Leaving a good job isn’t easy. You’ve built relationships, learned valuable lessons about yourself and others, and developed new skills. Your job becomes part of your life story, whether you were there for one year or for ten years. Therefore, when it’s time, leave your job with respect, dignity, and gratitude.
As I reflect on my time as Group Dynamic’s Business Development Specialist, I’m reminded of who I was when I first walked into the interview.
I had been a stay-at-home mom for just over a decade. My youngest had started school, and I felt the emotional strain of the life changes happening in our family. My last job in the corporate world had been with a global company. After I left that job, my life centered around babies and small children and everything that comes with them. So, when I applied for the Business Development Specialist position at Group Dynamic, I took one look at all the white space on my résumé and thought I was kidding myself. How could I, someone who owned a drawer full of stained clothes and whose skillset included a decent British accent while reading Peppa Pig books before nap time, work with corporate HR professionals to facilitate their training needs? Needless to say, I entered the interview feeling less than adequate.
I was shocked when Alan offered me the job. Now, after three-and-a-half years in this role, I can barely remember the person I was when I began. I have become a better employee, a better leader, and a better human being because of my Group Dynamic experience.
Here are a few things I have learned on this journey:
- A positive attitude changes your perceptions.
- I can learn how to use new technology. (I’m still partial to PCs, though. Sorry Alan.)
- Curiosity is the key to working with difficult people.
- There really is no such thing as a stupid question.
- People trust me, and I’m good at my job!
- Companies budget for the next year 4-6 months in advance.
- Asking questions for clarification is not bothersome. In fact, it’s welcome and encouraged.
- Saying “Thank you” to a compliment shows humility; trying to downplay the compliment does not.
- Asking for what you want and speaking up when you disagree builds trust and confidence.
- Having a boss whose personality style is a complete 180 from your own can yield a phenomenal working relationship.
- SMART goals are a thing.
- Accounting is not my forté.
- My OCD organizational skills come in very handy in the corporate world.
- Working in silence is golden.
- Pens with finger grips at the end are a necessity.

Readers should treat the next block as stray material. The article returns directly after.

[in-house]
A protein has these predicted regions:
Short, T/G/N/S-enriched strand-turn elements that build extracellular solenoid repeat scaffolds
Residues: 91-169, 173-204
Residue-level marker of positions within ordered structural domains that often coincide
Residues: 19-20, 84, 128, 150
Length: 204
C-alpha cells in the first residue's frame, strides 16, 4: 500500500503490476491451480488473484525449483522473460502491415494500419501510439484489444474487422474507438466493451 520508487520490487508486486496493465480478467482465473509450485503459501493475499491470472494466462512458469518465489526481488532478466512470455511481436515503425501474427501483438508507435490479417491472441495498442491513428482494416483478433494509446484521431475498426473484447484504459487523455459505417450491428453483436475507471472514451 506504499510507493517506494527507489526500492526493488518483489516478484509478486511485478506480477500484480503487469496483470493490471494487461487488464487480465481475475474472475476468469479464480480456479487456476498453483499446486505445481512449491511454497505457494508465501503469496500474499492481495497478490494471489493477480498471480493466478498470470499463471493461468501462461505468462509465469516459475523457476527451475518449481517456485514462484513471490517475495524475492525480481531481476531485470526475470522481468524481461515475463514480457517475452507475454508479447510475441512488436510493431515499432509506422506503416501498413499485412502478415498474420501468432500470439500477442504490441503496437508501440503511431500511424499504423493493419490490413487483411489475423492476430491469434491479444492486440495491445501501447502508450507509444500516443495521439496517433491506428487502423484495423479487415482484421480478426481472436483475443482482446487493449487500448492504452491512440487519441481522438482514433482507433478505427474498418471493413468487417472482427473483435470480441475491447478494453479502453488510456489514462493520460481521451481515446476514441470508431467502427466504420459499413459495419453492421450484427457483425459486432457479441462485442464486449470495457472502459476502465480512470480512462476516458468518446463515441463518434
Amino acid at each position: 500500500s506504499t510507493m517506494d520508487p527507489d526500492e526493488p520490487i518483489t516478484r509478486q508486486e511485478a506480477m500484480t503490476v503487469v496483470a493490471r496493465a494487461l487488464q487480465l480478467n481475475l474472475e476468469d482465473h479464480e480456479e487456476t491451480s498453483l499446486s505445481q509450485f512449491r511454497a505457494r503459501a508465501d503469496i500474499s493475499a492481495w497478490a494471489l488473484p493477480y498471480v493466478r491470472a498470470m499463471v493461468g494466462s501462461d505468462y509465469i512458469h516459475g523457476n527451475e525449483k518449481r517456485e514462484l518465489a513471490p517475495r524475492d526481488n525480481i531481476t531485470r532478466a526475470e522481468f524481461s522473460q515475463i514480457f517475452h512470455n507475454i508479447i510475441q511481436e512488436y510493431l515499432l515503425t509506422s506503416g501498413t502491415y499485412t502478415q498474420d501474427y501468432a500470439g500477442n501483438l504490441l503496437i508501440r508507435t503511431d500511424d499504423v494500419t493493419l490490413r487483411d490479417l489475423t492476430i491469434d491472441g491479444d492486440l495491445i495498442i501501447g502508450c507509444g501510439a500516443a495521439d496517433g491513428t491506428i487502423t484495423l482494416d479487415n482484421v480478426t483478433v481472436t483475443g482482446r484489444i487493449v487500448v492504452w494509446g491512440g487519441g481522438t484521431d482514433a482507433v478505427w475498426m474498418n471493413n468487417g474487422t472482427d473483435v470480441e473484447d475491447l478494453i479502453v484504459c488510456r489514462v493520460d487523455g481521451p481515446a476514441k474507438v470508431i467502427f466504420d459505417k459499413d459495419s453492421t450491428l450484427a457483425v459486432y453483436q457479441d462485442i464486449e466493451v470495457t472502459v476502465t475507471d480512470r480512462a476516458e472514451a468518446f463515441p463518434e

- BSaAFWYW is not just for corporate leadership; it’s an essential for life.
- I have valuable insight to offer.
- I like writing blog posts.
Group Dynamic is now a part of my personal story.
There have been ups and downs in this journey, and they’ve all lead me to a place of development and gratitude. Especially through the stresses and learning opportunities, I have found growth. It has always been my personal philosophy that human beings encounter the most significant moments of growth during times of hardship and change.
I am now moving through a new life transition as I depart from Group Dynamic and begin a career in mental health counseling, a goal I have had since graduating with my BA. In December, I will be graduating with a master’s degree in Clinical Mental Health Counseling and will be working at New Life Counseling in Ankeny and West Des Moines.
I am so grateful for my time at Group Dynamic and the lessons I have learned. Thank you for being a part of making my time here a wonderful experience.
Now, I would like to introduce you to Group Dynamic’s new Business Development Specialist, Kelly Clancy.
Passionate about personal and professional development, Kelly is delighted to work alongside Alan and the Group Dynamic clients. She received her bachelor’s degree in Speech Communication from Iowa State University. Kelly is excited to bring the skills she honed at ISU to continue developing business relationships. Having recently moved from her hometown of Ankeny, she spends most of her time renovating her new Des Moines home. Kelly enjoys playing team trivia, watching tv, finding new and interesting podcasts, and spending quality time with her daughter, Martha.
You can reach Kelly at 515-468-1998 or firstname.lastname@example.org.
All the best,
Thanks for reading,
DeAnne Negley, T-LMHC, NCC